15 Aug Sperm Swimming Conditions in the Uterus Sways Huge Role in Fertility
We’ve been taught that conception hinges on the ability of the sperm to reach and fertilize an egg, but a recent study conducted by researchers at the Washington State University says that the uterus may be playing a bigger role all along.
An Insightful Breakthrough
In a study conducted on female mice, researchers found out that the uterus of the female mice is able to alter and break down semen into a less gel-like and more watery consistency, making it a more favorable environment for sperm to swim faster and easier.
The results of this study indicate that there is more interaction between the female reproductive tract and semen than previously thought. This data is expected to change how fertility treatments are planned and implemented in the future.
It is to be noted that prior to the findings of this research coming to light, scientists previously thought that enzymes from the prostate gland are what’s responsible for breaking down semen.
The study was initiated when Wipawee Winuthayanon, an assistant professor at the Washington State University’s School of Molecular Biosciences reported in the journal PLOS Genetics that the prostate gland enzyme that breaks down semen is also produced by female mice when induced with the use of estrogen. In addition to this, researchers also observed that semen failed to liquefy in the uterus of female mice that lacked the gene to produce the enzyme.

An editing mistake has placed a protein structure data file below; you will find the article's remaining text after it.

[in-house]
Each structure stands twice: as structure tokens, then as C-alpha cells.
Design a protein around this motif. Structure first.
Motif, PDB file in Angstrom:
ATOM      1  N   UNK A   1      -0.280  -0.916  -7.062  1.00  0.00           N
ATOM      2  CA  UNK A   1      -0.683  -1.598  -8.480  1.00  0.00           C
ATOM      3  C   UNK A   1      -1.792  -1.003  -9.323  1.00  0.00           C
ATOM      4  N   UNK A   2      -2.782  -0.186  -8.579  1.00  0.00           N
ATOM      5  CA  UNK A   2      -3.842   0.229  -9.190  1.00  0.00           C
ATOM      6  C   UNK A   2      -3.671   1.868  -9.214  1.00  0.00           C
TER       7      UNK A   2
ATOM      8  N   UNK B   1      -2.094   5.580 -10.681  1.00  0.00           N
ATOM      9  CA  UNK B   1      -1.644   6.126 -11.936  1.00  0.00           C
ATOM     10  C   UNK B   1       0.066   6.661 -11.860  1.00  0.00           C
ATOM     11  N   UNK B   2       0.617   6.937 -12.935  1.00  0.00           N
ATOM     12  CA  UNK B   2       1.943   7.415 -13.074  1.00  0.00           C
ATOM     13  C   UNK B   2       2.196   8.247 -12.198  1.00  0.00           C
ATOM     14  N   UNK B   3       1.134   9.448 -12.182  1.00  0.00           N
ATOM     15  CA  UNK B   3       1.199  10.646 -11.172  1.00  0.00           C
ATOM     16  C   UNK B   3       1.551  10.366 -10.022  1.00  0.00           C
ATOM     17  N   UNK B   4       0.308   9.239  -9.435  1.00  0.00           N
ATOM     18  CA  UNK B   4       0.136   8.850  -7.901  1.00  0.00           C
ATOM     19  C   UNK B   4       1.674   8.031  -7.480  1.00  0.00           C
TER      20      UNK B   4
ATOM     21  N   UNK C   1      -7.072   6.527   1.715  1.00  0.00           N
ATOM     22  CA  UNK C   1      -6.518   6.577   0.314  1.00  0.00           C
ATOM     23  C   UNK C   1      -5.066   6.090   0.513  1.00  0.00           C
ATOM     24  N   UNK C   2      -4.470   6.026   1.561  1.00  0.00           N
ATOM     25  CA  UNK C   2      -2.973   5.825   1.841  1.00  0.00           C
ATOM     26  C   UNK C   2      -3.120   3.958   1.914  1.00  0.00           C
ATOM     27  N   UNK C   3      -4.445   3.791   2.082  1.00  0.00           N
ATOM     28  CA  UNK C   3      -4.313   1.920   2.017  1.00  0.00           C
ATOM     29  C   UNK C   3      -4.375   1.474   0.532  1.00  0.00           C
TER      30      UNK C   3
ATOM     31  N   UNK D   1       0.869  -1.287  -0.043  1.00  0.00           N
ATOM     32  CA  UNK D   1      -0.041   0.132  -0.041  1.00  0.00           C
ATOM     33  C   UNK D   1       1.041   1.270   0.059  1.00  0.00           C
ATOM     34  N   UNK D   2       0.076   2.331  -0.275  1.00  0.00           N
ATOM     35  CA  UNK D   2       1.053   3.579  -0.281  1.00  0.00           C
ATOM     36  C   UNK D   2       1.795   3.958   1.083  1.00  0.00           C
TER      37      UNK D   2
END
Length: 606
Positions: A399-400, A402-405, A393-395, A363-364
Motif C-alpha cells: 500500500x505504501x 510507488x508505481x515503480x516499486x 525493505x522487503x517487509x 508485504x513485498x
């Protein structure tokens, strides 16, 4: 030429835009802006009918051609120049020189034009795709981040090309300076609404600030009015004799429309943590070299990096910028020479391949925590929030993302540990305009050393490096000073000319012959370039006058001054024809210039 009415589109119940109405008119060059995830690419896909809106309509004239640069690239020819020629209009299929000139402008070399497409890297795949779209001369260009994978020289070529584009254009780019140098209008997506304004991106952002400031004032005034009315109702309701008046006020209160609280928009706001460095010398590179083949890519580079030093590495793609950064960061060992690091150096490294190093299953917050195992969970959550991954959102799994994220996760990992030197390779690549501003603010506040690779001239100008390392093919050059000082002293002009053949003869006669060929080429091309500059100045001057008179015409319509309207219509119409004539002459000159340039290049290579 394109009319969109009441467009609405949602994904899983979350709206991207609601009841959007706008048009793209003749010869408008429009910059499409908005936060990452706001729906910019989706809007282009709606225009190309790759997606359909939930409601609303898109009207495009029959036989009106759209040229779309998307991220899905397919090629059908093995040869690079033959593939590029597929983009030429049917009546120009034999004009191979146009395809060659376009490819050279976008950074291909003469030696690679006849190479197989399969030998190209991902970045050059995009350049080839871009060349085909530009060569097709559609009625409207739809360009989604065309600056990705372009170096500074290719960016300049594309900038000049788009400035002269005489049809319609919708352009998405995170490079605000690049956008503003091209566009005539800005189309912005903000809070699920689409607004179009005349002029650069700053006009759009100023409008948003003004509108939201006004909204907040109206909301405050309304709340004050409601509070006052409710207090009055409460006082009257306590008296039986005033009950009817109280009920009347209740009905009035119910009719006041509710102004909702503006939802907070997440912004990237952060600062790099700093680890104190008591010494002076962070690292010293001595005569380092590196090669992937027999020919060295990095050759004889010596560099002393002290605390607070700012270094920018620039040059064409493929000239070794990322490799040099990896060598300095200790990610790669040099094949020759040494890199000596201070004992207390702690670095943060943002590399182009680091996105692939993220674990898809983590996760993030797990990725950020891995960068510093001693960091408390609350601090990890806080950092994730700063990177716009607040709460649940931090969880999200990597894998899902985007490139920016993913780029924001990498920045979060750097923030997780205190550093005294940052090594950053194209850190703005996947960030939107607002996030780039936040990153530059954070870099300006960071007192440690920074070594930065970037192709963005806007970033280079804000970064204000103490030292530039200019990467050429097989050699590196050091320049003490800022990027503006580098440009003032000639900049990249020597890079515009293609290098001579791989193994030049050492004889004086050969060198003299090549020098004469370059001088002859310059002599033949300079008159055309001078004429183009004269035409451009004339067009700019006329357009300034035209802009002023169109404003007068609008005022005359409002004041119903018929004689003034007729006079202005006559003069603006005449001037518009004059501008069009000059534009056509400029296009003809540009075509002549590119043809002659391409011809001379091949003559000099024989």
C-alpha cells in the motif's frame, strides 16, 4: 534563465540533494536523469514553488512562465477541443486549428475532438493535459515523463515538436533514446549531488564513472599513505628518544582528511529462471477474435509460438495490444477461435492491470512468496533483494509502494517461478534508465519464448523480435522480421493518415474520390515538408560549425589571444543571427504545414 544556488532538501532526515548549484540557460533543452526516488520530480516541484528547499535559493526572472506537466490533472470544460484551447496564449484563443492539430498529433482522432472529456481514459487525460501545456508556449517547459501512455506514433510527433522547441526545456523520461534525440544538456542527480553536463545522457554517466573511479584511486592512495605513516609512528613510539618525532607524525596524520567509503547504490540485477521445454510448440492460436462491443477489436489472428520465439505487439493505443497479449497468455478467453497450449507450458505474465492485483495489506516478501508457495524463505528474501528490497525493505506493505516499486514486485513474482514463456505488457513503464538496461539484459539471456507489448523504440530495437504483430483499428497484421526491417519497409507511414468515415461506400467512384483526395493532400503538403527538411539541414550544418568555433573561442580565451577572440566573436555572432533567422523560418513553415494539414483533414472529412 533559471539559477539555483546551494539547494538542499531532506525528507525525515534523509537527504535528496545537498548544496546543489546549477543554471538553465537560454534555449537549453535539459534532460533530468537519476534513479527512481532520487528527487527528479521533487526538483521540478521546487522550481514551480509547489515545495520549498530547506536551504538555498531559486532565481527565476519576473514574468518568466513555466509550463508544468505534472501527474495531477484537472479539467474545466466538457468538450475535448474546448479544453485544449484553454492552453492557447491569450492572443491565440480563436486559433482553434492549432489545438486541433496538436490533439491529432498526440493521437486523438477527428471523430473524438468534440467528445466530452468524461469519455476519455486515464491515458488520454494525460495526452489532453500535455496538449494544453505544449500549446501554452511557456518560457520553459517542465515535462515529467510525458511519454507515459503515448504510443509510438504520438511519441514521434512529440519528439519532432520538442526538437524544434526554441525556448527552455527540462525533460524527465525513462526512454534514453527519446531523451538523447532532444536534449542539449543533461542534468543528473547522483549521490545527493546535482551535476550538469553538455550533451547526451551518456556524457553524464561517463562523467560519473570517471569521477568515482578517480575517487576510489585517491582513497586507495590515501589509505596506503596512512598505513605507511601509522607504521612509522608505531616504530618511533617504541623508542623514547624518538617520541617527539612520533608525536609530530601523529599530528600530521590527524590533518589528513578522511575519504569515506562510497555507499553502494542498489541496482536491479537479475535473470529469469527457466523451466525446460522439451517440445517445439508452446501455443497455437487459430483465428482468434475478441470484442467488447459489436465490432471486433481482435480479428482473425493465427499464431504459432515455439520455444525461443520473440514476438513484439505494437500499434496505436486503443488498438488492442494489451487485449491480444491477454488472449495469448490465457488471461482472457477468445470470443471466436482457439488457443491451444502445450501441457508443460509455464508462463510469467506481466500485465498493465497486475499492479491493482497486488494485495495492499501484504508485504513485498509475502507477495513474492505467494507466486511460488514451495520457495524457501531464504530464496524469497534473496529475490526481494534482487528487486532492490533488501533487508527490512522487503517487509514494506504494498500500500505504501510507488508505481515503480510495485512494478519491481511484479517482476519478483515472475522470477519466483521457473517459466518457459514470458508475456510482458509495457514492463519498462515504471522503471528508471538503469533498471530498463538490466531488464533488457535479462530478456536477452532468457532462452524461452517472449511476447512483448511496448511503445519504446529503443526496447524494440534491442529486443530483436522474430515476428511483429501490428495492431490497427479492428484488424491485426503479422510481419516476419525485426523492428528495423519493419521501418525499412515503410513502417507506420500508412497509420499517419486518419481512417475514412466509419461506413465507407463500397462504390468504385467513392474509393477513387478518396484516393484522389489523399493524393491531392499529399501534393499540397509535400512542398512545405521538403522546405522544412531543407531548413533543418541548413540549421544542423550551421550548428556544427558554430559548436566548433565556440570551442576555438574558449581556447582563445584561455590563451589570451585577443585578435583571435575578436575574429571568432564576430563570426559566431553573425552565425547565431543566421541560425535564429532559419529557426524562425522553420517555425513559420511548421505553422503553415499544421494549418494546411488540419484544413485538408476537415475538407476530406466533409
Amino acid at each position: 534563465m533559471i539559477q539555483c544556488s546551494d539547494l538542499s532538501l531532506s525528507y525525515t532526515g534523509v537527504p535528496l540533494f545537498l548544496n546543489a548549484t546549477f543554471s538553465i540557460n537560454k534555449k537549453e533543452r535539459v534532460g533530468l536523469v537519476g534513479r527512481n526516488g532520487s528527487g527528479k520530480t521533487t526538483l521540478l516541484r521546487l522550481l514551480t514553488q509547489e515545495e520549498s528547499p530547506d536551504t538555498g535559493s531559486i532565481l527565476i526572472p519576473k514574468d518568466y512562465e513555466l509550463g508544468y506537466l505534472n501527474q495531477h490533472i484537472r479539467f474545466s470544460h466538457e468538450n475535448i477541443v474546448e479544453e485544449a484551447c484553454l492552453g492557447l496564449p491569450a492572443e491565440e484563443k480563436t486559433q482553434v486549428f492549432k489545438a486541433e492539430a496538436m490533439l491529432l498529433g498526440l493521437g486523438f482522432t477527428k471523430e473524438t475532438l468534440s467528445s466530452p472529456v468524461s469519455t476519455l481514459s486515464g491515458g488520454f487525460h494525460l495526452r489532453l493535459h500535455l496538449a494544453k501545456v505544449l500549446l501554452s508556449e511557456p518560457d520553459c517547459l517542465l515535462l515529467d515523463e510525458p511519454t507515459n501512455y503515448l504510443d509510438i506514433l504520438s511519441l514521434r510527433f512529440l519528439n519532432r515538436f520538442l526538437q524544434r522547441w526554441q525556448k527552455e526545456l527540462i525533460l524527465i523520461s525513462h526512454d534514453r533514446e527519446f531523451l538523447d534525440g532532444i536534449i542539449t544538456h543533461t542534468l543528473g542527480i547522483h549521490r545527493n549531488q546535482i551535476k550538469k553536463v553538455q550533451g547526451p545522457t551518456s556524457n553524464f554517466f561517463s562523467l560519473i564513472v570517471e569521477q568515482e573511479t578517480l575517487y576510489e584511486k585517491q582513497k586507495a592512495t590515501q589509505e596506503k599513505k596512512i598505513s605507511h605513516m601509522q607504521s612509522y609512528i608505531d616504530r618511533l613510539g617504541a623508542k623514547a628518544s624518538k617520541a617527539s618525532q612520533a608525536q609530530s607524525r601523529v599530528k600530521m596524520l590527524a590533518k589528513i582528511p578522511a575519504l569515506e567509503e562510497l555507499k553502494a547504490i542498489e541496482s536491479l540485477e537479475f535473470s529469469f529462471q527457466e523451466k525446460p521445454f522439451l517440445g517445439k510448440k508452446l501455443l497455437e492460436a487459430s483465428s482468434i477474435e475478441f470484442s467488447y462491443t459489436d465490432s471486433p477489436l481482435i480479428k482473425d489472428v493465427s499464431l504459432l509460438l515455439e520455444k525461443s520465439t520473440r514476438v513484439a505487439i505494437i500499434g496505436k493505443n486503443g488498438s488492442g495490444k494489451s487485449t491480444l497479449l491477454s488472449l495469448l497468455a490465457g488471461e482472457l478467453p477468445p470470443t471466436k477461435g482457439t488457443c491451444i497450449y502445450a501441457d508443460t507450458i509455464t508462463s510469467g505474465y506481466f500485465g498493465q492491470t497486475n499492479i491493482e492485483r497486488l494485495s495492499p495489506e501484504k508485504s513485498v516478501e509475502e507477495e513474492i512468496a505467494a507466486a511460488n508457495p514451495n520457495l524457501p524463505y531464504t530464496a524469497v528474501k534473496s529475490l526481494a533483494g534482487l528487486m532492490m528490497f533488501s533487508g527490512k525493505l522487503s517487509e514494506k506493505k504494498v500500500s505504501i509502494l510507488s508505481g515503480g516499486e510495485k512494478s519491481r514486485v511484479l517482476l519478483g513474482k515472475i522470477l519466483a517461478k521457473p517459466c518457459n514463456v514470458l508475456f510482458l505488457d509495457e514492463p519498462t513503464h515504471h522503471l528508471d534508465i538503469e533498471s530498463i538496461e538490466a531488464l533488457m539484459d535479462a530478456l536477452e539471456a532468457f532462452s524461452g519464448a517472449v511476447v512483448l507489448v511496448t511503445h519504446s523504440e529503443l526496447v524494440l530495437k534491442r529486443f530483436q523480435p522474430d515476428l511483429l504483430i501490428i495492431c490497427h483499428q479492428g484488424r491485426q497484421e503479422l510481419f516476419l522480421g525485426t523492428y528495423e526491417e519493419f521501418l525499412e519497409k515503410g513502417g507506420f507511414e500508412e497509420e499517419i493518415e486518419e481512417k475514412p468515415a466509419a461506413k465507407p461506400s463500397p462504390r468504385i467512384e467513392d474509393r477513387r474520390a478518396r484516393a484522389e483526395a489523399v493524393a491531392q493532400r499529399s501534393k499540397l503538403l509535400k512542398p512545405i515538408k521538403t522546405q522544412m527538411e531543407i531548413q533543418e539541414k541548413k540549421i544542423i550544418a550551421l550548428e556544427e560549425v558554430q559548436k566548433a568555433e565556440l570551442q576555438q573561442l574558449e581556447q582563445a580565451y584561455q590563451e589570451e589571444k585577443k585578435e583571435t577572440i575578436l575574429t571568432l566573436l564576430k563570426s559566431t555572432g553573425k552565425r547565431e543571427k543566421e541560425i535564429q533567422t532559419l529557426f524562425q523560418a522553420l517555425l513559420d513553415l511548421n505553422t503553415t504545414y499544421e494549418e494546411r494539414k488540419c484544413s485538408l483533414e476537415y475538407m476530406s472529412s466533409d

Real Evidence at Last
WSU researchers claimed that the observations documented in their study provided the first real evidence that the female reproductive tract and semen interact in a positive way to impact fertility. Their research highlights the relative roles of secretions produced from both the male and female reproductive tracts that impact the physical alteration that semen has to undergo to facilitate the sperm swimming up to meet and fertilize an egg.
Researchers stated that the information in the study will advance research on sperm liquefaction inside the female reproductive tract, an area of study that needs further exploration. They said that further advancements could lead to the development of tools used to diagnose unexplained cases of infertility and further innovation in non-invasive contraception technologies.
The importance of the data garnered from the study supports the fact that for the sperm to reach the egg in a mammalian anatomy, it should be as efficient as possible in traveling to the egg. In other words, a sperm that is swimming in a less viscous liquid will be able to swim faster and easier because of lesser resistance as compared to it swimming in a thick fluid. Finding out that the female and male reproductive systems are aiding each other to make the sperm’s path as easy as possible for fertilization to occur is, indeed, a breakthrough.
The study was performed by Shuai Li, WSU postdoctoral research associate, Marleny Garcia, WSU honors student, and Rachel L. Gewiss, WSU research assistant.